Average age expectancy is just that, an average. If you retire at age 65 and live until age 95, you have the task of preserving your money over a 30-year period, including protecting it from inflation. Taking this a step further, your estate plan should be flexible enough to handle a wide range of life expectancies so that your heirs are protected from inflation too.
Not all costs increase at the same rate of inflation. Take healthcare, for example. Healthcare tends to be higher than the index, and since healthcare is usually a bigger expense as we age, over time, the COLAs for Social Security fall behind the actual inflation experienced by retirees.
In 2018, the rate of inflation averaged 2.4 percent, but estimated healthcare expenditures increased by 4.6 percent, almost double the core inflation rate.
Real estate is another commodity that, generally speaking, increases faster than the rate of inflation.
If retiring in Greenville, SC, home values have gone up 4.6 percent in the last year, and is expected to increase another 2.3 percent this year. Does your retirement plan account for that?
How to Protect Your Retirement Plan from Inflation
It’s not unusual for investors to become more risk-averse as they age. One reason is the concern that there isn’t enough time to recover from investment mistakes and bear markets. However, it is important to balance the fear of a possible capital loss with the near certainty of inflationary erosion of your buying power.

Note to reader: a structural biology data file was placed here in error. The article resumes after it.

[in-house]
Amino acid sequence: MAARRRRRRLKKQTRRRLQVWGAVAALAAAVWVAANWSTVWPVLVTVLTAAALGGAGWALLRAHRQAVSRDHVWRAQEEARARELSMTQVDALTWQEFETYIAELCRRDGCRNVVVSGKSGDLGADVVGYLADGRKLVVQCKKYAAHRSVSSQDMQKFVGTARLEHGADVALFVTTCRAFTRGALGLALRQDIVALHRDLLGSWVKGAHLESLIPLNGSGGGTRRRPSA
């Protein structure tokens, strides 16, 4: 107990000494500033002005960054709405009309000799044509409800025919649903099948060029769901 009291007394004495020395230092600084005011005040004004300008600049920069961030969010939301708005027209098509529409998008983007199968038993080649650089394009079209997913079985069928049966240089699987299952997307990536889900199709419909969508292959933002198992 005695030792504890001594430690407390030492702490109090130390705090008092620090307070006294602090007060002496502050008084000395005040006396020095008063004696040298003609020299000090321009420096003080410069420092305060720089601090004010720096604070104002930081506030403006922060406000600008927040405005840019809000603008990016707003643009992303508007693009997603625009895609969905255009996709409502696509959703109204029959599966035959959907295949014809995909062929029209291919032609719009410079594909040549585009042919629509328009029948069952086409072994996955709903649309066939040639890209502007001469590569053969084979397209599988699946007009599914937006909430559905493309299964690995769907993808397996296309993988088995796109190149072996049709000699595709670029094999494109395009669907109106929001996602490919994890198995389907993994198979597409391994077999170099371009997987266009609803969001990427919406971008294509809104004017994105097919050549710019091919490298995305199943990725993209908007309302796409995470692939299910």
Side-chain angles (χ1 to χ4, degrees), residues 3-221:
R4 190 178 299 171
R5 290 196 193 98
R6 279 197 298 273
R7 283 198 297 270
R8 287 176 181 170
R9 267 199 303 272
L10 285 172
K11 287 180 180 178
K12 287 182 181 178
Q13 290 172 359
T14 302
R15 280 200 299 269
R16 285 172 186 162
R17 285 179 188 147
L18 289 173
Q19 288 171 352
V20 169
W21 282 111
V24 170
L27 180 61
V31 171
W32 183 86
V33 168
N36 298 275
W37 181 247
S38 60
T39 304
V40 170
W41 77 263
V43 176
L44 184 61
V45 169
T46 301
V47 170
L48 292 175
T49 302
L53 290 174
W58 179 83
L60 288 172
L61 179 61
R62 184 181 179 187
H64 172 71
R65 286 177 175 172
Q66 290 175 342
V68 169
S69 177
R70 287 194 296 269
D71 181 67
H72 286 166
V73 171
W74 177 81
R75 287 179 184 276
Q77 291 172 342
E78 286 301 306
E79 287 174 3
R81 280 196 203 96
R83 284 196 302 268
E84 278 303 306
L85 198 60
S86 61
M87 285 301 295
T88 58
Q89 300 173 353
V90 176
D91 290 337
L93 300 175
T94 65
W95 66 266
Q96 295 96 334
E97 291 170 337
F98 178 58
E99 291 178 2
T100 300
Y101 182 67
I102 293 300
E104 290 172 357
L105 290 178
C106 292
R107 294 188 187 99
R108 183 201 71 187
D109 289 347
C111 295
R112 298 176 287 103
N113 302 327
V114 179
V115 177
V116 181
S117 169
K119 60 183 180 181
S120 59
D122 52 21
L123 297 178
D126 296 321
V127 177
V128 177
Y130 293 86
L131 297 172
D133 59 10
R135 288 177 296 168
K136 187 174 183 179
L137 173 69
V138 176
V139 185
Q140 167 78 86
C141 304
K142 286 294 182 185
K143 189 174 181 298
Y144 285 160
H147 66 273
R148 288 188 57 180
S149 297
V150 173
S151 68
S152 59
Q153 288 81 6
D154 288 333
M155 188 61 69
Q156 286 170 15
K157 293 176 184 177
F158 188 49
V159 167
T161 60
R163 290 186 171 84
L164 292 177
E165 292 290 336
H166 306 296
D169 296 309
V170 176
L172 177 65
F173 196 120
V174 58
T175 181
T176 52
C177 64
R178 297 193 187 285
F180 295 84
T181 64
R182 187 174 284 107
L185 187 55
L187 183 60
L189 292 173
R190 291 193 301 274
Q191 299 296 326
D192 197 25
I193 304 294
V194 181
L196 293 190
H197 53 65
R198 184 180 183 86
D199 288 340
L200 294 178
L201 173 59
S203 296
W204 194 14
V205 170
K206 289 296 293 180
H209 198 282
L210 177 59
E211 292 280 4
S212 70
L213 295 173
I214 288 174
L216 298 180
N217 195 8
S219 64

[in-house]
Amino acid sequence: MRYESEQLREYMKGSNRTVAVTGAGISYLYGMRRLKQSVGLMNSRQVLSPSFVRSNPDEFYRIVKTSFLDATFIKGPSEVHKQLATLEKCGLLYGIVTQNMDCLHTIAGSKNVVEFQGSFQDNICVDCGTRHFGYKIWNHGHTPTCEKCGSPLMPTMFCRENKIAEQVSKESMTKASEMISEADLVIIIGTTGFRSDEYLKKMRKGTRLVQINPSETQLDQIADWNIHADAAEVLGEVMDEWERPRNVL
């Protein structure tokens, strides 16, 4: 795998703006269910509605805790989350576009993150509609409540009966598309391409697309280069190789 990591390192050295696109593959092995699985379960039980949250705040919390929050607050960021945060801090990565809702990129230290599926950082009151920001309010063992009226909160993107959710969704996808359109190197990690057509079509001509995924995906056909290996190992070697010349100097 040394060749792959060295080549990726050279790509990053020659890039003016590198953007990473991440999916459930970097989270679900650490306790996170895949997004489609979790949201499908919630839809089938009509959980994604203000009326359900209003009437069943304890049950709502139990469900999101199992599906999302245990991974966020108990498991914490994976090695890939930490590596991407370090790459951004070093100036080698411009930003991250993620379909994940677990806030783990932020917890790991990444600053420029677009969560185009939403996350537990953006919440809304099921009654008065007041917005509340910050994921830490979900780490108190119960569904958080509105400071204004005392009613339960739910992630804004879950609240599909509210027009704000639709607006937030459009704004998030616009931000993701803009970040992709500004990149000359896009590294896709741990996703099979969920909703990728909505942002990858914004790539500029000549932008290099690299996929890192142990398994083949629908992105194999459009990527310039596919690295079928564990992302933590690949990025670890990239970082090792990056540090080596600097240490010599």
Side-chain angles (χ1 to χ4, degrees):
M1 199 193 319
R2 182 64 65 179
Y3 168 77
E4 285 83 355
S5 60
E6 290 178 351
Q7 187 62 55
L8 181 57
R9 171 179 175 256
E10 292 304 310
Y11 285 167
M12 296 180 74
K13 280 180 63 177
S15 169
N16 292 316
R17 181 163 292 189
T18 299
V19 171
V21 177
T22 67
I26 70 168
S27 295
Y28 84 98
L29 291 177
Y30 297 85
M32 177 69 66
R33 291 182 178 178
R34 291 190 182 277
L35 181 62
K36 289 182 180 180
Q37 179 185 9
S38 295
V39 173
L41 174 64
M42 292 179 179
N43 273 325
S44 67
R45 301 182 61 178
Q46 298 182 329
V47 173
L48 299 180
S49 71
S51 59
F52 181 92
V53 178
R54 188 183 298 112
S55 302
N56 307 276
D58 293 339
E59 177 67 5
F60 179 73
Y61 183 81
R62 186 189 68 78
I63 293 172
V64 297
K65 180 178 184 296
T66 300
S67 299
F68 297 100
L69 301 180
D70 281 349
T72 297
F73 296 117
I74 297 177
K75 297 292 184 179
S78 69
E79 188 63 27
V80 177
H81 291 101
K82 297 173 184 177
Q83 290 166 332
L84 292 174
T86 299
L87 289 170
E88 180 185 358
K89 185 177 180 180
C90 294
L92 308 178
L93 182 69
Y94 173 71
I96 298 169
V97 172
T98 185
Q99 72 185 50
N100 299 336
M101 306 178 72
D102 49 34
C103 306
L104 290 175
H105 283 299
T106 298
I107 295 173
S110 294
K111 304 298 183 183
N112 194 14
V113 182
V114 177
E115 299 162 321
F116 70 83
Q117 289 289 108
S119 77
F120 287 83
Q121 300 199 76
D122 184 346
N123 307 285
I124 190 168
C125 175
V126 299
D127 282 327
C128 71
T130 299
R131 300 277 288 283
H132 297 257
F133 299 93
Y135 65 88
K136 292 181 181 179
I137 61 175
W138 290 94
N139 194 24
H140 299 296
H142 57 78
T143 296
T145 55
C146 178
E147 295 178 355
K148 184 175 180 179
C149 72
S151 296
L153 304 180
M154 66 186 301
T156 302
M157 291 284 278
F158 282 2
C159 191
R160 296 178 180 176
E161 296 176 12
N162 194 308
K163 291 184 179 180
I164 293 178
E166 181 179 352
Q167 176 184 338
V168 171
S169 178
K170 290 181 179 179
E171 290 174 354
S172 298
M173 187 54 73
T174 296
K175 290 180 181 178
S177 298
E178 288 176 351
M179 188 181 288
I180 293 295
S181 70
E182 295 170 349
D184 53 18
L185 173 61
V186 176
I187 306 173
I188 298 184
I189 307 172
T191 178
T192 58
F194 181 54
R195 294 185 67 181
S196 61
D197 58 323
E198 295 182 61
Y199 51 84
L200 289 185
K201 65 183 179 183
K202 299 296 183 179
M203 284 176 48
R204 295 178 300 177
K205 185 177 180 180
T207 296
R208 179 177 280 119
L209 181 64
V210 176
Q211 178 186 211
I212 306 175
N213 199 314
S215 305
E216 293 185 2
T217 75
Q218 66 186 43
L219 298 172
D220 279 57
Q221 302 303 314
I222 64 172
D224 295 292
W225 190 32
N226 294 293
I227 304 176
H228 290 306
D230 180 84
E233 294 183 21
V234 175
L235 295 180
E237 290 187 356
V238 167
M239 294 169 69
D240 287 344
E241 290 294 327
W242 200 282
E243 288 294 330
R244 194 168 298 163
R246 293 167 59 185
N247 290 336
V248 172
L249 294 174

Rather than simply adopting a conservative portfolio, talk to your financial advisor about diversifying your investments to give you better protection against inflation. While stocks and stock indexes (including preferred stocks and convertibles) should continue to play an important role in your portfolio, other assets can also help fight inflation, including:
- Treasury Inflation Protected Securities (TIPS): These are bonds that pay a fixed interest rate, but the principal is adjusted twice per year for changes in the CPI. TIPS do well when inflation is high, but not when inflation is low. Nonetheless, they may have a role to play in protecting the fixed-asset portion of your portfolio.
- Real Estate Investment Trusts (REITs): These are essentially mutual funds of income-producing properties. Since the real estate market tends to benefit from moderate inflation, REITs provide a diversified way to generate income while preserving capital.
- Alternative Investments: At Global View, we have access to many investments not available to the general public. These alternative investments include private securities and hedge funds that can help fight inflation in your retirement plan.
The importance of protecting your retirement plan from inflation cannot be overstated. Clearly, there is an important role for your financial advisor to play. Your financial advisor can work with you to identify the opportunities that best fit your unique circumstances. Together, you and your advisor should map out a strategy to protect your wealth against inflation without sacrificing the retirement lifestyle you worked a lifetime to earn.
When finding a financial advisor for retirement, make sure the person you decide to work with incorporates inflation into your plans. If you’re currently looking for a financial advisor in the Carolinas, contact us. Schedule a no-obligation conversation and get the discussion started.